Details for NORTH IOWA AREA COMMUNITY COLLEGE - Ad from 2020-06-28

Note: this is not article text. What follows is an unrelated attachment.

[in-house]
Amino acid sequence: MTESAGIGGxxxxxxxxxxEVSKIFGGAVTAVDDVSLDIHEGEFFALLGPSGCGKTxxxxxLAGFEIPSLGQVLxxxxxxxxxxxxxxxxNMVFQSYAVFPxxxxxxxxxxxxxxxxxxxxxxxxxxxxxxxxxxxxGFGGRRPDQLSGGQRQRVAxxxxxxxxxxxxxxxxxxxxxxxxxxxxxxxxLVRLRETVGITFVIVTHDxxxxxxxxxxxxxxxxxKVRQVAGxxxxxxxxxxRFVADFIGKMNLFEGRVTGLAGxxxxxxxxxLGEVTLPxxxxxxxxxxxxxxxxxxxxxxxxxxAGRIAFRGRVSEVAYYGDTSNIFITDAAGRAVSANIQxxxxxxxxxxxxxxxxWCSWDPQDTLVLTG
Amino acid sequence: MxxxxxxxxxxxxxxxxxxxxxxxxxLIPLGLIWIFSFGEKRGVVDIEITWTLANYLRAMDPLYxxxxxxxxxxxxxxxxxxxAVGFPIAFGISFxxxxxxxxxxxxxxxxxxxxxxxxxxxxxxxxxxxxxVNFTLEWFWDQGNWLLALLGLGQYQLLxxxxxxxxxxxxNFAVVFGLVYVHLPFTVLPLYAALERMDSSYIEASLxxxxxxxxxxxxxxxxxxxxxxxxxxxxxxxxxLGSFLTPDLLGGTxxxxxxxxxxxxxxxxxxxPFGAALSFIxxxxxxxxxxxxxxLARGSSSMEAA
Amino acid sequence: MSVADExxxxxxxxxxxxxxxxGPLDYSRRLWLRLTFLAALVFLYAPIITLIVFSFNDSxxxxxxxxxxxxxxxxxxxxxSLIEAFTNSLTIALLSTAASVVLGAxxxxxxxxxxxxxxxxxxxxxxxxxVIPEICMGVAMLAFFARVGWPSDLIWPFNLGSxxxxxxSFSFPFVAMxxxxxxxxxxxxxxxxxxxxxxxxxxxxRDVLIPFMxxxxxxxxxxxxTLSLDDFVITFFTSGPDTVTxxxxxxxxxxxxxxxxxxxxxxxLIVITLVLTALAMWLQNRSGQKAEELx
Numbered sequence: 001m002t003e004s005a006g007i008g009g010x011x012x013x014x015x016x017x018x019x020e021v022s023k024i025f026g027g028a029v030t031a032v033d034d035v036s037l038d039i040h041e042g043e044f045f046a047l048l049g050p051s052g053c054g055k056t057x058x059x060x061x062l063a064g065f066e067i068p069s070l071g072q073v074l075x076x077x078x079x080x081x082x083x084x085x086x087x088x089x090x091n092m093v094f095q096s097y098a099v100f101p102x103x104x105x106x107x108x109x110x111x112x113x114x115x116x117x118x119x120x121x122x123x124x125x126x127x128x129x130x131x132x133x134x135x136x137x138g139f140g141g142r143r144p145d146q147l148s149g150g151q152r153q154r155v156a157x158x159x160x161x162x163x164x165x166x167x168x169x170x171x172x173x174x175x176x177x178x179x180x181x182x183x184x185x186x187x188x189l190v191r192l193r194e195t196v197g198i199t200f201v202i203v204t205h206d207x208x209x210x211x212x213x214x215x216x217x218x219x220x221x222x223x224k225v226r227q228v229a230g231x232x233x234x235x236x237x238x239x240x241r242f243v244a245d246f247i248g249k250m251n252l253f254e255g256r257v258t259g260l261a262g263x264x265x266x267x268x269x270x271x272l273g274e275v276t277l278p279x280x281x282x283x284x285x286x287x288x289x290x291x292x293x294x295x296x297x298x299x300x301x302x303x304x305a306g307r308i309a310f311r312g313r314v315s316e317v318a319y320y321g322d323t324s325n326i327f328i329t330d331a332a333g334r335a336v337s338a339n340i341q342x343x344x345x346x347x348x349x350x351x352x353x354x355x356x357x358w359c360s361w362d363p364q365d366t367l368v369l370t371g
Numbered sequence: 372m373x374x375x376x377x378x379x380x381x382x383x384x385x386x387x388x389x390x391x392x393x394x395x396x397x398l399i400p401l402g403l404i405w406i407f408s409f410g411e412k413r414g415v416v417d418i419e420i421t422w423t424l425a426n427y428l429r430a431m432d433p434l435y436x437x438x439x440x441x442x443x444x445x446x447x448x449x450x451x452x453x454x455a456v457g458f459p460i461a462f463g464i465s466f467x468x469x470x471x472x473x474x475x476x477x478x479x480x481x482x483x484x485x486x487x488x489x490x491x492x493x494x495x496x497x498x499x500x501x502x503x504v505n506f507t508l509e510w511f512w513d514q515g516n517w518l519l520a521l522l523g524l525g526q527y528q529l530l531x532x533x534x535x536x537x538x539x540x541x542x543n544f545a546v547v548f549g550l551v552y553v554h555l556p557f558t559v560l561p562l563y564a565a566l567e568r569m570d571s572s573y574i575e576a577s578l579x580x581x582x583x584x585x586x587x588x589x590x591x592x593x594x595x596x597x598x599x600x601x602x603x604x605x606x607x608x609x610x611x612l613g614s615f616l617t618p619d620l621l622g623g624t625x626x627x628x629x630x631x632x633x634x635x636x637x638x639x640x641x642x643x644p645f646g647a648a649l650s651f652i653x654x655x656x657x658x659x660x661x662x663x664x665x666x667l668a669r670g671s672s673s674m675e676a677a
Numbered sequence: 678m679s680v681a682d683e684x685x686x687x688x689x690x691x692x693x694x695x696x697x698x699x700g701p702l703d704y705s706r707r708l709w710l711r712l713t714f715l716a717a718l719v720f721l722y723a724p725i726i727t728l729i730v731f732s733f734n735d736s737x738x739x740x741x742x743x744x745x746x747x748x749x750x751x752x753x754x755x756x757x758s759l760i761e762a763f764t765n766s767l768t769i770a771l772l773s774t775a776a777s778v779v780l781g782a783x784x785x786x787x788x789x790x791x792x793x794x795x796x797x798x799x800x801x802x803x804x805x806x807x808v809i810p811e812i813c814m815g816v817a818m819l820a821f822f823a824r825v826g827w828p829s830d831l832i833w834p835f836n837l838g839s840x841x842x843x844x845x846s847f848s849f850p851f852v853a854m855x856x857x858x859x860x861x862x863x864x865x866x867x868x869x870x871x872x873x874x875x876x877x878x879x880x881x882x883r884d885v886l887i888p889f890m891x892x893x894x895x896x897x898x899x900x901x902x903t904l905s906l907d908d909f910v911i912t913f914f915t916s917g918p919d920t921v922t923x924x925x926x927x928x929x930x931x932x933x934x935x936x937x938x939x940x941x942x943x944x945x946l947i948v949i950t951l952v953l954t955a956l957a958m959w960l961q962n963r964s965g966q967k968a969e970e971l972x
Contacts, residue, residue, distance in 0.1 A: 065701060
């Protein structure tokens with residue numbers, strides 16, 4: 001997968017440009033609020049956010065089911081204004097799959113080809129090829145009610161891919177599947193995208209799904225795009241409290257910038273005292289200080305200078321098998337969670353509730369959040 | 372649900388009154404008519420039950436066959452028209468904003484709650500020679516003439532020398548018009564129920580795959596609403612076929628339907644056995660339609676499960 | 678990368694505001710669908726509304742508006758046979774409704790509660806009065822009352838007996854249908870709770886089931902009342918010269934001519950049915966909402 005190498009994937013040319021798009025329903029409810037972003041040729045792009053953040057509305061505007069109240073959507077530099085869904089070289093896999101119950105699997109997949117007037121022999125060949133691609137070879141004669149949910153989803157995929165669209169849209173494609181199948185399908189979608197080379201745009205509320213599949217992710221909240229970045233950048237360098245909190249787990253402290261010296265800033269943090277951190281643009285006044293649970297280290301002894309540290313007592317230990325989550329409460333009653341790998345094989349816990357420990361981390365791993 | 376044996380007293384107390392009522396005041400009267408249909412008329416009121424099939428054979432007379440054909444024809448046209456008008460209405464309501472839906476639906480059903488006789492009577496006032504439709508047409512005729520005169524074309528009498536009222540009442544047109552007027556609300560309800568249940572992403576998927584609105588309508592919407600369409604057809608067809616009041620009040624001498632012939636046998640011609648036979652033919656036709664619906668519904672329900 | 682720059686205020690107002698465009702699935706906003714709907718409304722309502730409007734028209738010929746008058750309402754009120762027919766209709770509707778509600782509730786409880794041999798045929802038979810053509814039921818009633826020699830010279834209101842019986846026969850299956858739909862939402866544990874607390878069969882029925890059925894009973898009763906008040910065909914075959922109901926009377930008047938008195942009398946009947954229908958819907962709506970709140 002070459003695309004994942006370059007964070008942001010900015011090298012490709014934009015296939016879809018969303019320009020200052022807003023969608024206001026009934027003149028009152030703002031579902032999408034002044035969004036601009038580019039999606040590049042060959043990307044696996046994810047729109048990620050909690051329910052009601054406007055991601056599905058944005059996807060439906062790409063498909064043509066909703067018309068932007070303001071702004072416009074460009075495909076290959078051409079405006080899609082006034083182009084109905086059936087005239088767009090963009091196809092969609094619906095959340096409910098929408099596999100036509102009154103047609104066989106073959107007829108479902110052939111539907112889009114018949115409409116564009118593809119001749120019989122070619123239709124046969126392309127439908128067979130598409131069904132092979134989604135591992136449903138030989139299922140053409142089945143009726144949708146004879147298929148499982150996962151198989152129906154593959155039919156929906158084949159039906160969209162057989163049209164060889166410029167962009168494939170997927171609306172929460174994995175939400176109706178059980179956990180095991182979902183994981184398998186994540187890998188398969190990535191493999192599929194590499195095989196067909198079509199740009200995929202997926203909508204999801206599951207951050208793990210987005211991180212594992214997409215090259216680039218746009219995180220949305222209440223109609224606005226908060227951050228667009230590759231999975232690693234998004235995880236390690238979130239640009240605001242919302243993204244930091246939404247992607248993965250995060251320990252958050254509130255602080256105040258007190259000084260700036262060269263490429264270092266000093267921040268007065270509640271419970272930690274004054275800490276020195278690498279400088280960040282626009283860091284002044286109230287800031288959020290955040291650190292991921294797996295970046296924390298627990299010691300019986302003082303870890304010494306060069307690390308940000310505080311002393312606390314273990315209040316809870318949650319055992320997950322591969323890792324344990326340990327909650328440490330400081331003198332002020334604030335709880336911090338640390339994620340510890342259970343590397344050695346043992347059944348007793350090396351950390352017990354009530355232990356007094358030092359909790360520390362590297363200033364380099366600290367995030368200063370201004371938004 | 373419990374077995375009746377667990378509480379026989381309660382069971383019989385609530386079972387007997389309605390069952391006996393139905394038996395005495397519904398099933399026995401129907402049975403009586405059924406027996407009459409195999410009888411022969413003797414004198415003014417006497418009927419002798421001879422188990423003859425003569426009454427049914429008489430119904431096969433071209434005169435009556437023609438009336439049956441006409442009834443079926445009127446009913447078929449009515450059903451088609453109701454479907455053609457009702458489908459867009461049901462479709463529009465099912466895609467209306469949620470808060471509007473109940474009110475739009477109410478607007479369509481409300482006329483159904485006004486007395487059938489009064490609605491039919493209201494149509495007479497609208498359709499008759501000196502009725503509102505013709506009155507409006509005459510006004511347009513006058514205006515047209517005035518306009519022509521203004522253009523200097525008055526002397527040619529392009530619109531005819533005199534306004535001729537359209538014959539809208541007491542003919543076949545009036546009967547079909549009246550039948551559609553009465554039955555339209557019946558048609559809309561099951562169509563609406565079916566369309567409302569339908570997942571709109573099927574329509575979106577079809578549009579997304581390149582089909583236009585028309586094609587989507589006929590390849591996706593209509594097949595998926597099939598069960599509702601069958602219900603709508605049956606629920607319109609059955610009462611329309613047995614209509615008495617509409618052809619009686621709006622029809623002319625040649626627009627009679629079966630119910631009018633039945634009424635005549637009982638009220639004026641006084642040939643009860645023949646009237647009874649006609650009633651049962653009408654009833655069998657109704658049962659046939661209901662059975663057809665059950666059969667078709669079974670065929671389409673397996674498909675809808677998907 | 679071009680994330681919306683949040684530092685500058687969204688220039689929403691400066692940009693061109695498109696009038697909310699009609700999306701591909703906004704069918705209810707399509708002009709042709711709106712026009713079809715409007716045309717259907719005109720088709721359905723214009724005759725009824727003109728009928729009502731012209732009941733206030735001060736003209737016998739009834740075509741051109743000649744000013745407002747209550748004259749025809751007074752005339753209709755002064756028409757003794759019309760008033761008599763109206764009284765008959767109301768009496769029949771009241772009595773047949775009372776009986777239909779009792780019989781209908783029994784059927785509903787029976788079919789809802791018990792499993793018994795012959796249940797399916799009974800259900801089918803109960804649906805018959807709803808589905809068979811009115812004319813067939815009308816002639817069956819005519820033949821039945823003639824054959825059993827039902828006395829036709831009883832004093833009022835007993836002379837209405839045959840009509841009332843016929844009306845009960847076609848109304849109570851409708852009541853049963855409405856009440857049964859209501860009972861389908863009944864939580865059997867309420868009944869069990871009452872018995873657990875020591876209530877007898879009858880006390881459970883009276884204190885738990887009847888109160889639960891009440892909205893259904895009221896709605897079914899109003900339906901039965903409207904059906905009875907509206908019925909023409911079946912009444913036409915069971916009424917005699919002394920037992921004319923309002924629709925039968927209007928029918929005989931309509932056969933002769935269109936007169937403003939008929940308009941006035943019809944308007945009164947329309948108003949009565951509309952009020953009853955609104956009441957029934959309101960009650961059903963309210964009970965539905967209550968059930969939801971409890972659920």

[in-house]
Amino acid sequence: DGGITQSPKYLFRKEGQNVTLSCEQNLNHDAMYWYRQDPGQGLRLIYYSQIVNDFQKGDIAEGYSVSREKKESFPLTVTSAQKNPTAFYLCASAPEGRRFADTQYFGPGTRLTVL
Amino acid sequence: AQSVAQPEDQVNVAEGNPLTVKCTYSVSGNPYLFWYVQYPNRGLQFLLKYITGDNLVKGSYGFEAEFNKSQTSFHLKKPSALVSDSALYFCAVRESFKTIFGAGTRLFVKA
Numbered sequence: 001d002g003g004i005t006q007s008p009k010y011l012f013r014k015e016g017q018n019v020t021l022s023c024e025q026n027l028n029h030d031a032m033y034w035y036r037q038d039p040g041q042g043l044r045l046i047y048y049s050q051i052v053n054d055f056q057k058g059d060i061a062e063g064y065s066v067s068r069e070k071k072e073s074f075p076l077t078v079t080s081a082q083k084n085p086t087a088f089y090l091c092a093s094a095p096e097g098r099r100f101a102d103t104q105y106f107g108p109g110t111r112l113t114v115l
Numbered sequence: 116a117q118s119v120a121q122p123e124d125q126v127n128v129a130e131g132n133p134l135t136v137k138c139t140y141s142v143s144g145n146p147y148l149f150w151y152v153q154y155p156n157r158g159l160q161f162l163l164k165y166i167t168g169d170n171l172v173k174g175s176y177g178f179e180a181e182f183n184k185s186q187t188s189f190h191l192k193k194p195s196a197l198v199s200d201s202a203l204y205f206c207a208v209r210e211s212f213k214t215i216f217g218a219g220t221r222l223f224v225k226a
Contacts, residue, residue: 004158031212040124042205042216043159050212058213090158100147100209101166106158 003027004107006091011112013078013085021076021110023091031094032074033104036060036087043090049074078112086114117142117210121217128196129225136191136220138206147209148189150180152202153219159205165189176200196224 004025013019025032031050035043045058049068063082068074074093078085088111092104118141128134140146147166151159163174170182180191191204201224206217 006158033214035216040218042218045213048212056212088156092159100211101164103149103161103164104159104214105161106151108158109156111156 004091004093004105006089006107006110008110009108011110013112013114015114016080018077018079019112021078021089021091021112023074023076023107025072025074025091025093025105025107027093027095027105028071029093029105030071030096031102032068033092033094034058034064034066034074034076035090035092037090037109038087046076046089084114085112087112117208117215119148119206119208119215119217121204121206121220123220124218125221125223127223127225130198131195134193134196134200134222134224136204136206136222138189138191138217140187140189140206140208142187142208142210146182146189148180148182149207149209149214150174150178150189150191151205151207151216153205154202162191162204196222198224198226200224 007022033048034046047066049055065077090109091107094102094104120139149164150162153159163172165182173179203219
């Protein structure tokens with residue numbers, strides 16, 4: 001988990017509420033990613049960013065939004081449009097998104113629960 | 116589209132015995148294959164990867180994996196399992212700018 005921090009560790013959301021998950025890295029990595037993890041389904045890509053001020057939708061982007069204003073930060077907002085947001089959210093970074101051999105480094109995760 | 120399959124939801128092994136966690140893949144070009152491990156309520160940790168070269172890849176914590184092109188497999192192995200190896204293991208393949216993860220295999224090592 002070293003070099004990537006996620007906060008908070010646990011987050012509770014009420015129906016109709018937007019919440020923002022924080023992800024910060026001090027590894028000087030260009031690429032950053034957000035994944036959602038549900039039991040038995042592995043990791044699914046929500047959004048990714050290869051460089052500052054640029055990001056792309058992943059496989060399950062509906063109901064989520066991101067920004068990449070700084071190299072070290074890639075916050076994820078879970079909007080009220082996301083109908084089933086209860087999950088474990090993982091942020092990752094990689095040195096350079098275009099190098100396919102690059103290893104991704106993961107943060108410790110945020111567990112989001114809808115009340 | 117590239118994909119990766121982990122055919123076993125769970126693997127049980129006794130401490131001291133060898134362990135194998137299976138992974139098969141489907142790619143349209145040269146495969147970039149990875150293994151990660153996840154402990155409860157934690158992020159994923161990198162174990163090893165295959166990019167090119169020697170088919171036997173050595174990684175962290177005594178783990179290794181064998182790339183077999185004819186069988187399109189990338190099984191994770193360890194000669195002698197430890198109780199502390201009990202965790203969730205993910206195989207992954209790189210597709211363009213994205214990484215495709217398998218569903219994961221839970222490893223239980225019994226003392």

paid adVertiseMent GraduatinG seniors rethink colleGe plans Sponsored by North Iowa Community College The COVID-19 pandemic has turned the lives of this year’s high school graduates upside down. They’ve not only missed out on milestones such as prom and traditional graduation ceremonies, but are also being forced to rethink their college plans. according to Widener. These hybrid classes will include in-person instruction, online learning, and independent study. Students who don’t feel comfortable yet with face-to-face interaction have a wide range of online-only courses to choose from when registering for fall classes, according to Widener. An April study by Niche, a firm specializing in college research, found that: • 57% of high school seniors are reconsidering their college choice. • 38% are considering attending a college closer to home. • 89% are more concerned about being able to afford college than before the pandemic. “We are having a lot of students re-evaluating what they will do in the fall,” said Anne Boyer, an enrollment advisor in the admissions office at North Iowa Area Community College. “I think everyone is kind of waiting to see how schools are going to handle the health crisis, student life and opportunities for learning.” controlling college expenses Some young people who were planning to attend a four-year college or university are re-considering their options, according to Boyer. In-person classroom capacities will be limited to 50 percent while maintaining 6-foot social distancing guidelines at all times. However, NIACC is prepared to move hybrid classes to an onlineonly format if needed, according to Widener. “NIACC is working closely with Public Health and has developed processes to respond to local health emergencies within 12 hours,” she said. student life and activities Boyer said NIACC officials are “working toward online student engagement that allows the students to have that real college experience even though it is different.” This spring during the pandemic, students played virtual trivia games over Zoom, she noted. Bridgett Golman, vice president of student development at NIACC, said college officials are developing two separate plans for clubs and activities for the fall semester. They are looking at NIACC as a place to complete their first two years of college “at a fraction of the cost” of what they would pay at a four-year school, she said. One plan would limit engagement strictly to the virtual world, while the other would give students a choice between face-to-face interaction while following social distancing guidelines and onlineonly options. Once they receive their associate degree from NIACC, they can go “virtually anywhere” to complete the credits they need for a bachelor’s degree, according to Boyer. NIACC officials will evaluate the state of affairs with COVID-19 in August before deciding between the two plans, according to Golman. transferring credits Graduating faster NIACC has agreements that guarantee transfer and admissions to colleges like Iowa, Iowa State, the University of Northern Iowa, as well as others throughout the state and across the country, according to Widener. NIACC also has many affordable career programs that allow students to go directly into the workforce in two years or less, Boyer said. The college has 32 programs that are part of Future Ready Iowa that helps students with tuition costs for courses that prepare them for high-demand careers such as health care. Around 320 NIACC students are taking advantage of this program, according to Boyer. online classes and on-campus options NIACC was one of the first colleges in Iowa to offer virtual/ online classes, according to Charlene Widener, vice president of academic affairs and student learning. With more than 25 years of experience in offering virtual courses and programs, the college was well prepared to move classes online when the pandemic hit during the spring term “and keep students on track without delaying their educational progress,” she said. Traditional face-to-face courses will follow a hybrid model this fall to mitigate health risks, “Our students can choose from dozens of programs in their area of interest, and can graduate with an associate’s degree that features the same classes and credits they would take in their first two years at another school,” she said. accepting applications Admission is still open for the fall semester and there is no cost to apply. Call the Admissions office at 641-422-4245 to speak with an advisor or apply online at www.niacc.edu/apply. Most programs still have availability but popular programs do tend to fill up so the sooner you apply, the better.